A new study by The University of Manchester has shed light on why athletes are more likely to have abnormal heart rhythms.
Elderly athletes with a lifelong history of training and competing in endurance events like marathons, triathlons and iron man challenges can have heart rhythm disturbances, known as arrhythmias.
The Manchester research in rodents, funded by the British Heart Foundation, shows molecular changes in the heart's pacemaker occur in response to exercise training.
The finding, reported in Nature Communications, overturns the commonly held belief that an increased activity of the autonomic nervous system causes this specific reaction to endurance training. The work was carried out in collaboration with the University of Milano and the Norwegian University of Science and Technology.
While normal adults have resting heart rates between 60-100 beats per minute, hearts of endurance athletes can beat only 30 times per minute or even lower at night time when there can be long pauses between heart beats.
Cyclists Sir Chris Hoy and Miguel Indurain reportedly had resting heart rates of 30 and 28 beats per minute.
Dr Alicia D'Souza, from The University of Manchester and first author on the paper, said: "The heart rate is set by the heart's pacemaker, but this is controlled by the nervous system. The 'vagal' nerves lower the heart rate and therefore it was assumed the low heart rate of athletes is the result of over activity of the vagal nerves.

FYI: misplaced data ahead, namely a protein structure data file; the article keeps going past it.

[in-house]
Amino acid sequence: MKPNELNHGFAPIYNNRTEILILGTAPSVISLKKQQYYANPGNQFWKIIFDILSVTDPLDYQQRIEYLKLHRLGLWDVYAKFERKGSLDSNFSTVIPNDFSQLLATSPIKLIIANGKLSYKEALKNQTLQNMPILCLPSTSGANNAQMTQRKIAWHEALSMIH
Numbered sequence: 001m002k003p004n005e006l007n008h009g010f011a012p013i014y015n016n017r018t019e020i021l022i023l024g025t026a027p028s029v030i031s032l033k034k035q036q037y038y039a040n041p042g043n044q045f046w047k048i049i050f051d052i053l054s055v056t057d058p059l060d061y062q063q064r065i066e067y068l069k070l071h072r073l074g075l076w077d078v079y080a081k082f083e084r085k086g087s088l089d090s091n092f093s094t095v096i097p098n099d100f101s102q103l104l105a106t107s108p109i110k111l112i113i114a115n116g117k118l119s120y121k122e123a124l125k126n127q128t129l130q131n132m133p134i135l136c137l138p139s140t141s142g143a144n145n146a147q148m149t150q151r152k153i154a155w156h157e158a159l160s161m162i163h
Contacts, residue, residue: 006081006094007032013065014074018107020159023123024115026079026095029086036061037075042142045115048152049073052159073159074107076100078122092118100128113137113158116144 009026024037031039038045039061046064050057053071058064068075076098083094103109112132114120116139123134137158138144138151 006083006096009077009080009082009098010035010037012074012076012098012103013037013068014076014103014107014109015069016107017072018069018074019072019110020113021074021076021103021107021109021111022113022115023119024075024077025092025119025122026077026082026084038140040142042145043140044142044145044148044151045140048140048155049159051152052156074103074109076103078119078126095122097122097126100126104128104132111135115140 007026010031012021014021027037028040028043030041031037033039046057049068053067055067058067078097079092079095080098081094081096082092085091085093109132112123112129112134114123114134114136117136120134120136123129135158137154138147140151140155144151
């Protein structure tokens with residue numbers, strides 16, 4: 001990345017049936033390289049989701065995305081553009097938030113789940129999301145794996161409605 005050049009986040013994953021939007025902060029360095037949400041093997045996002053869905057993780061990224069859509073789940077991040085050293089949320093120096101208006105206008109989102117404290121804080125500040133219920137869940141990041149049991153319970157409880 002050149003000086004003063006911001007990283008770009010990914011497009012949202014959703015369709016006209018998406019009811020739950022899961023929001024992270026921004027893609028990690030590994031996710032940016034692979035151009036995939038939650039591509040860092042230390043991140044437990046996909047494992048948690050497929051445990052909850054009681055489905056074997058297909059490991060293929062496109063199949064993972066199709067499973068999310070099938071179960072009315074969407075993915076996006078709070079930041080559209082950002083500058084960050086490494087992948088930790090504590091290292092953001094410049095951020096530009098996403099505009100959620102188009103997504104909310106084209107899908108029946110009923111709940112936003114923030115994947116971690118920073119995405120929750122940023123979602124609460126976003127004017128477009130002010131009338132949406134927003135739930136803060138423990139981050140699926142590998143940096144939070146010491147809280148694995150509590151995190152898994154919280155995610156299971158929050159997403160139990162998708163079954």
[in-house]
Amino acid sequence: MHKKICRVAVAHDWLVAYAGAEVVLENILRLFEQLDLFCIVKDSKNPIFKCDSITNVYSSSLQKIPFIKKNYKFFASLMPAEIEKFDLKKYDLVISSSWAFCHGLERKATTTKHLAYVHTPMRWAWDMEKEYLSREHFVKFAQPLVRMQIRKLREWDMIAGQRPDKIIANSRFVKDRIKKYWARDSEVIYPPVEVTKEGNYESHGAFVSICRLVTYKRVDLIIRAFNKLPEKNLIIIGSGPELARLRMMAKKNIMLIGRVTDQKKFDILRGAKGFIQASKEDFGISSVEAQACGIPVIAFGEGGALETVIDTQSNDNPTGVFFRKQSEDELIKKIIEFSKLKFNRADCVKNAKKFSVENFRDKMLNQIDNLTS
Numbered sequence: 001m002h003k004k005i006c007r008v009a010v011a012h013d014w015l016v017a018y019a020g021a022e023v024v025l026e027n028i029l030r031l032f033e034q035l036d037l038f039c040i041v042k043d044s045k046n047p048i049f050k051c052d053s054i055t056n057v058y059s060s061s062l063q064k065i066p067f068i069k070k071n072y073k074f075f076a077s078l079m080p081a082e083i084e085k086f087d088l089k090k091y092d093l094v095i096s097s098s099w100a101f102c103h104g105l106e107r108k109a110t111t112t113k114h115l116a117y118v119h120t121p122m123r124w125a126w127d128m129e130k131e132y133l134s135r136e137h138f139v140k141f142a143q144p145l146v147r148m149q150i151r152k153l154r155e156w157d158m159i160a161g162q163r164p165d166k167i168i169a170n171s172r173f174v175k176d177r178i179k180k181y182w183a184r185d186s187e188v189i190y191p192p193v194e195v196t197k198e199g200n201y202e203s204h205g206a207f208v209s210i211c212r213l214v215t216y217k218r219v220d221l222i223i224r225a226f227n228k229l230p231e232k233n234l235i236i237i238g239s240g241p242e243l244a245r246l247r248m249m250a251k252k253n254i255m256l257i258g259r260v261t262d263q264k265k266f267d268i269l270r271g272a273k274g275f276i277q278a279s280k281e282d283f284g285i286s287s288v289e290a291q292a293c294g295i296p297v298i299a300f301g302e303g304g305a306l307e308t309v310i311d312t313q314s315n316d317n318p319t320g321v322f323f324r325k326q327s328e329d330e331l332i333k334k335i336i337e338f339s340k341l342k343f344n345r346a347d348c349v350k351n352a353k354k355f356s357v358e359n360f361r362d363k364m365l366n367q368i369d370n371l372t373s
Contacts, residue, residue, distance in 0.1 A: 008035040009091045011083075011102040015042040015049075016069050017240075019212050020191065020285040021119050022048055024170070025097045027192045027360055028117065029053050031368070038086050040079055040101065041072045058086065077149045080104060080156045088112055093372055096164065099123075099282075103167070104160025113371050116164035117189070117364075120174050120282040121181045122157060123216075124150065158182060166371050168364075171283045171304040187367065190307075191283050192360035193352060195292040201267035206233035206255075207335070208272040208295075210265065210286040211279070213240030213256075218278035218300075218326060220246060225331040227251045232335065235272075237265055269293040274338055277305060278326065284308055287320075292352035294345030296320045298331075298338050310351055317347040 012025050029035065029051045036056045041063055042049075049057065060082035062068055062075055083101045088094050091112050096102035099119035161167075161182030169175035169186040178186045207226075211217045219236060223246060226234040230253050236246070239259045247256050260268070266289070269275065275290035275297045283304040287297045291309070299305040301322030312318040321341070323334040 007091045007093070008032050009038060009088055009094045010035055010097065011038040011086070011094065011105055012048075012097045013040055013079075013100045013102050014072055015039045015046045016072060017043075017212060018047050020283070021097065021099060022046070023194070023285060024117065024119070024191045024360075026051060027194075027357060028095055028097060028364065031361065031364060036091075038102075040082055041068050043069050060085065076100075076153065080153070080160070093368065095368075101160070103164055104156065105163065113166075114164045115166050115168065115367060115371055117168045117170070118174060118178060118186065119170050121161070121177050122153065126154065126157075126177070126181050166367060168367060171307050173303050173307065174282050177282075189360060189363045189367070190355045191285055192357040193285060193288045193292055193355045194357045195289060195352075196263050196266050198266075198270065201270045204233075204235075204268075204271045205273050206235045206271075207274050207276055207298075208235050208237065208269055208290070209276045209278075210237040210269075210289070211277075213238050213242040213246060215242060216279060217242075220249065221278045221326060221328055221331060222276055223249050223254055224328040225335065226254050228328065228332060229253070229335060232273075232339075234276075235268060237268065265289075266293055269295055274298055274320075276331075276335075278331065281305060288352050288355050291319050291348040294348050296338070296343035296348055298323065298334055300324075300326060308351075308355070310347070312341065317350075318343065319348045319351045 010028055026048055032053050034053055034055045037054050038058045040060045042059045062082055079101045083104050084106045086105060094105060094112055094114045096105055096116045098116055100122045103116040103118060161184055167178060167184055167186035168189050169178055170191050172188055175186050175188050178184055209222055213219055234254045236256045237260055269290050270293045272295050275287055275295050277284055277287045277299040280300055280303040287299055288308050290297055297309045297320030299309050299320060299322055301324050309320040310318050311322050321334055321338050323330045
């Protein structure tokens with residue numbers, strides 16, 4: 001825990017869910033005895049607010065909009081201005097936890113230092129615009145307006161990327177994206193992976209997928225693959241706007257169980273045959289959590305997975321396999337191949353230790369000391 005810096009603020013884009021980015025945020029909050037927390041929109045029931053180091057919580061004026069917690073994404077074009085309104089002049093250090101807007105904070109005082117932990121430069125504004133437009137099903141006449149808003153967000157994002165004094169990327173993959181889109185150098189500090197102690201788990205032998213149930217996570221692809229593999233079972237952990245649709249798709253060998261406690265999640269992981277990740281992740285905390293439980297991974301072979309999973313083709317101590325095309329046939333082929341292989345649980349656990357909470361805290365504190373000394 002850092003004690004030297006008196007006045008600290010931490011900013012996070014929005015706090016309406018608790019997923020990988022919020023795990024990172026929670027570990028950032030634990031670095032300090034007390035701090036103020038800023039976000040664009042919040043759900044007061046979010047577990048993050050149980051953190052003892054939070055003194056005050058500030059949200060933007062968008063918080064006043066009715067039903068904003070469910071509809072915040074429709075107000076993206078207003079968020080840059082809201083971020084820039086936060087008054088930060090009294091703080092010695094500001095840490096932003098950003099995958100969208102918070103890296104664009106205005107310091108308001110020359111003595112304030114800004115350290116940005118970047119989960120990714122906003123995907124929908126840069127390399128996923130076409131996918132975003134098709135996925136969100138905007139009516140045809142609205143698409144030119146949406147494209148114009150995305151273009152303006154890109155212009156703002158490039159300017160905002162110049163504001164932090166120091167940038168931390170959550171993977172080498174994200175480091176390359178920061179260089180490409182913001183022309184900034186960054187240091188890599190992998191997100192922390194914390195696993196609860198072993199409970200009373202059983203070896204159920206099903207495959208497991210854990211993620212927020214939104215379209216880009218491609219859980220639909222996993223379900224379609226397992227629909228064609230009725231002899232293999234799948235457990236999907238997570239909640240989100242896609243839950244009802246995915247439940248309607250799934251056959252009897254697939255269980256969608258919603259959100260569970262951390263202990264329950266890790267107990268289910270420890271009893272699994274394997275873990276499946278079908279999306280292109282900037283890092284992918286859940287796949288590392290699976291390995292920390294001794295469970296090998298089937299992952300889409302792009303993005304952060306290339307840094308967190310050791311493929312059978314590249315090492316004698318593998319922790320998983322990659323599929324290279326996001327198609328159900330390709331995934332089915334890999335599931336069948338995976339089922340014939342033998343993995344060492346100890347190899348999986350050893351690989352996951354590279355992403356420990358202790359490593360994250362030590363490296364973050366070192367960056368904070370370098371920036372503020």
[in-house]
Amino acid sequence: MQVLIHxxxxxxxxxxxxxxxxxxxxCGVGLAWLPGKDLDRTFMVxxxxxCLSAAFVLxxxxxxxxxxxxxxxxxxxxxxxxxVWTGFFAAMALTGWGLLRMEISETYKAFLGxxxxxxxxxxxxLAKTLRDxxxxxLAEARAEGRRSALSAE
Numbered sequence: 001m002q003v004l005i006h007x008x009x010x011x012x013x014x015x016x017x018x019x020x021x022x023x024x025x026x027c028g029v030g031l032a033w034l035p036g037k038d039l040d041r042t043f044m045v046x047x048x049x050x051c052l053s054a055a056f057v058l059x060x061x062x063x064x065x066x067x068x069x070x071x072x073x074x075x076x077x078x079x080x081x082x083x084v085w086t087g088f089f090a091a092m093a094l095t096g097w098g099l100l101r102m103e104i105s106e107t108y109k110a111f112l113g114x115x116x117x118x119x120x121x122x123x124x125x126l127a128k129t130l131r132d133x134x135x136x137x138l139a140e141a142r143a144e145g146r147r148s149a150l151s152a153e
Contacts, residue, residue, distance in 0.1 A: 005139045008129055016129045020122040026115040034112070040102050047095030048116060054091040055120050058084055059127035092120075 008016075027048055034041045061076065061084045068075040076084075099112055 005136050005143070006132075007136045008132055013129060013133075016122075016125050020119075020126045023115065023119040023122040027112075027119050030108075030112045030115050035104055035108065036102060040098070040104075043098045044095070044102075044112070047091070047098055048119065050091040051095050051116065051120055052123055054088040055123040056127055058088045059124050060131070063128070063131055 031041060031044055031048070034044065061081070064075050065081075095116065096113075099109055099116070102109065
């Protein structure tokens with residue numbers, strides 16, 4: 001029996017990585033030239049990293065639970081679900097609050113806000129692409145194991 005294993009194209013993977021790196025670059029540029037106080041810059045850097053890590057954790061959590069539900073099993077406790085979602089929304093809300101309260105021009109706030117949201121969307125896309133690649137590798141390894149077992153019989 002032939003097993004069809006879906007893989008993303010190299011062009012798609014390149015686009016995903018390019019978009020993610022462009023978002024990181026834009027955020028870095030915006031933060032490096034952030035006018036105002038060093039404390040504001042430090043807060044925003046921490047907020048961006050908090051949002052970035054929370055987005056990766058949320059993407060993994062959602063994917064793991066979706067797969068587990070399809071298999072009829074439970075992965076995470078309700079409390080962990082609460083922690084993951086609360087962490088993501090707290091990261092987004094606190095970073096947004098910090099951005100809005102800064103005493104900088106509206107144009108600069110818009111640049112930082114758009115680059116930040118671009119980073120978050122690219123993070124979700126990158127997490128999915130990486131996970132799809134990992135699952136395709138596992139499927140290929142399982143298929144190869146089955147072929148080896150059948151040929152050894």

"But our research shows this is not the case. Actually the heart's pacemaker changes in response to training and in particular there is a decrease in an important pacemaker protein, known as HCN4, and this is responsible for the low heart rate."
The researchers say these molecular changes in the sinus node - the cardiac structure responsible for generating heart rhythm - may help us to understand the more frequent occurrence of heart rhythm disturbances or even loss of consciousness in athletes.
Professor Mark Boyett, lead researcher on the study, added: "This is important because although normally a low resting heart rate of an athlete does not cause problems, elderly athletes with a lifelong training history are more likely to need an artificial electronic pacemaker fitted."
More than 500 marathons take place in Europe and America each year with around one million participants. The number of people taking part is set to increase by 5% each year.
But Professor Boyett said: "Although endurance exercise training can have harmful effects on the heart, it is more than outweighed by the beneficial effects."
Professor Jeremy Pearson, Associate Medical Director at the British Heart Foundation, said: "This study shows the heart's electrical wiring changes in mice that exercise for long periods, and these changes in heart rhythm are sustained afterwards.
"If the findings are reproduced in humans they could have implications for heart health in older athletes. But much more research is needed before we could draw that conclusion."
Dr Anne Berit Johnsen, from NTNU, said the work study was a great motivation to continue the work on exploring effects of endurance training on the heart.